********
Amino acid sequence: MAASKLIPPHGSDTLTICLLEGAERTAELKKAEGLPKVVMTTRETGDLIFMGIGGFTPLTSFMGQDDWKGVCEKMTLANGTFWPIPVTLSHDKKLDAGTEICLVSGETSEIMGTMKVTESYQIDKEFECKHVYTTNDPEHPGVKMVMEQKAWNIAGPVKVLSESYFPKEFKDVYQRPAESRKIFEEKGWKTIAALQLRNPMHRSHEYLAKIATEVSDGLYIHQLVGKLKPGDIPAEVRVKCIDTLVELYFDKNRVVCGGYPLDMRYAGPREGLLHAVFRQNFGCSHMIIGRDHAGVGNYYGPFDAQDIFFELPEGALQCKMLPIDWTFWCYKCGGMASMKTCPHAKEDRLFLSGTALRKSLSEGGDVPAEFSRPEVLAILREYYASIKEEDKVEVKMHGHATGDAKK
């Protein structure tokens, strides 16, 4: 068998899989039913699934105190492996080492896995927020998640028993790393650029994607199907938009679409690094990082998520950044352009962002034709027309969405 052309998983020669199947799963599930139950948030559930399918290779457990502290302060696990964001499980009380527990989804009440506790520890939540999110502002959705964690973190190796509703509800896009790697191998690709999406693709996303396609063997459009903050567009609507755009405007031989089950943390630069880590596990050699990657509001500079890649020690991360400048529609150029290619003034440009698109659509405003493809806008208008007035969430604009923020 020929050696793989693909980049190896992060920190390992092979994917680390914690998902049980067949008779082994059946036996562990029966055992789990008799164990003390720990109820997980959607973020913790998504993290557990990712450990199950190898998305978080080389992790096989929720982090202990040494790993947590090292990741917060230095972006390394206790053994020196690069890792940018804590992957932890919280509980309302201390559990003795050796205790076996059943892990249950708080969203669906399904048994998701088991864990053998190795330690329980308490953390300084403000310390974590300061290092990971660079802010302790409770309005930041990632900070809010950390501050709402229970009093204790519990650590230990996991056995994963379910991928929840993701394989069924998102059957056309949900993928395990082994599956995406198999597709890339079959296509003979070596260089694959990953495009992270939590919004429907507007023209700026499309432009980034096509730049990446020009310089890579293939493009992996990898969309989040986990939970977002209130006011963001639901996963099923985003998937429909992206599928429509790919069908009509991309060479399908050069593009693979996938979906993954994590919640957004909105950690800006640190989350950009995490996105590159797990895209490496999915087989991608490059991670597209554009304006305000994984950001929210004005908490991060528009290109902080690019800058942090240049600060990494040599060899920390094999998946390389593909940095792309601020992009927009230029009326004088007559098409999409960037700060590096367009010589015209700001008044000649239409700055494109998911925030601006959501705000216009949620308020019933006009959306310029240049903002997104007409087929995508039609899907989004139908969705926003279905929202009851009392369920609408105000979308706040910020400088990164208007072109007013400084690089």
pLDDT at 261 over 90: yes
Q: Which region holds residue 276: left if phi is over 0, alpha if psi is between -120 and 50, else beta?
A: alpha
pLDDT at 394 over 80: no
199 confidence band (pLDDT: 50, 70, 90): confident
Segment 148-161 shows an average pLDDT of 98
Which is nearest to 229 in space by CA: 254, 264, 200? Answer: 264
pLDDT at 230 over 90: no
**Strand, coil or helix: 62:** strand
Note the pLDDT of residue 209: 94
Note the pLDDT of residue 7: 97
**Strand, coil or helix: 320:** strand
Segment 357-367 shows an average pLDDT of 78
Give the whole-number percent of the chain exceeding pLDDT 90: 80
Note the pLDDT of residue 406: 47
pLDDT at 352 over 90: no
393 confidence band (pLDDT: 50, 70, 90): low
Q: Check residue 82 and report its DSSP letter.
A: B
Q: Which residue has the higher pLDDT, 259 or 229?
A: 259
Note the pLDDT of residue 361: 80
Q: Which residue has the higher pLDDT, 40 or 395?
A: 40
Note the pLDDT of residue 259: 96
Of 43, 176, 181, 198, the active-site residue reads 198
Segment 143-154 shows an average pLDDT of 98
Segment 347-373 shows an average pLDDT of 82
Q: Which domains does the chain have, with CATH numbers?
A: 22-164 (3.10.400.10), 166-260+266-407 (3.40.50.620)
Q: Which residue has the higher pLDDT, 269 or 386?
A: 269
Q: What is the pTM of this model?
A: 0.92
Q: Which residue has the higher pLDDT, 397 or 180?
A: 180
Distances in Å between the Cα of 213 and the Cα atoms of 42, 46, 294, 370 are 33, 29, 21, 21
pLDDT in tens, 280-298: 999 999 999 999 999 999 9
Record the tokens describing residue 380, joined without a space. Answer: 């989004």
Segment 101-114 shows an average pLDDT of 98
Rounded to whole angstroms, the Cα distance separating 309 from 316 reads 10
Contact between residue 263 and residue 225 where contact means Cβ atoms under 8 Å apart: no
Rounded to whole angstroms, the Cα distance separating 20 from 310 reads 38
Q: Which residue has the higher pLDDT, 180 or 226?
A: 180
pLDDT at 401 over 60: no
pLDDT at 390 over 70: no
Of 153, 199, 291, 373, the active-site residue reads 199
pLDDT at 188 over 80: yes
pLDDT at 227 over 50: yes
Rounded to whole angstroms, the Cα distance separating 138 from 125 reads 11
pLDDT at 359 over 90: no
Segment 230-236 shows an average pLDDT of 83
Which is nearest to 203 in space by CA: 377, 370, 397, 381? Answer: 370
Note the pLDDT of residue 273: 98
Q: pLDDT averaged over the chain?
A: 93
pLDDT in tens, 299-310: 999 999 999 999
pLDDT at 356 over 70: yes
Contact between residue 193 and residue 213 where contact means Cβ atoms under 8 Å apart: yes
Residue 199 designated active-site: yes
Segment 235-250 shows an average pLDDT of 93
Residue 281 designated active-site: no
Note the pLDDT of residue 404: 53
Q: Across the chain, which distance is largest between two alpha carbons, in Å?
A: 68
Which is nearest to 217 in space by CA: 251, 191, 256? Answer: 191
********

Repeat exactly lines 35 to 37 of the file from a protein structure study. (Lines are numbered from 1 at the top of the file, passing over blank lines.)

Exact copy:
Q: What is the pTM of this model?
A: 0.92
Q: Which residue has the higher pLDDT, 397 or 180?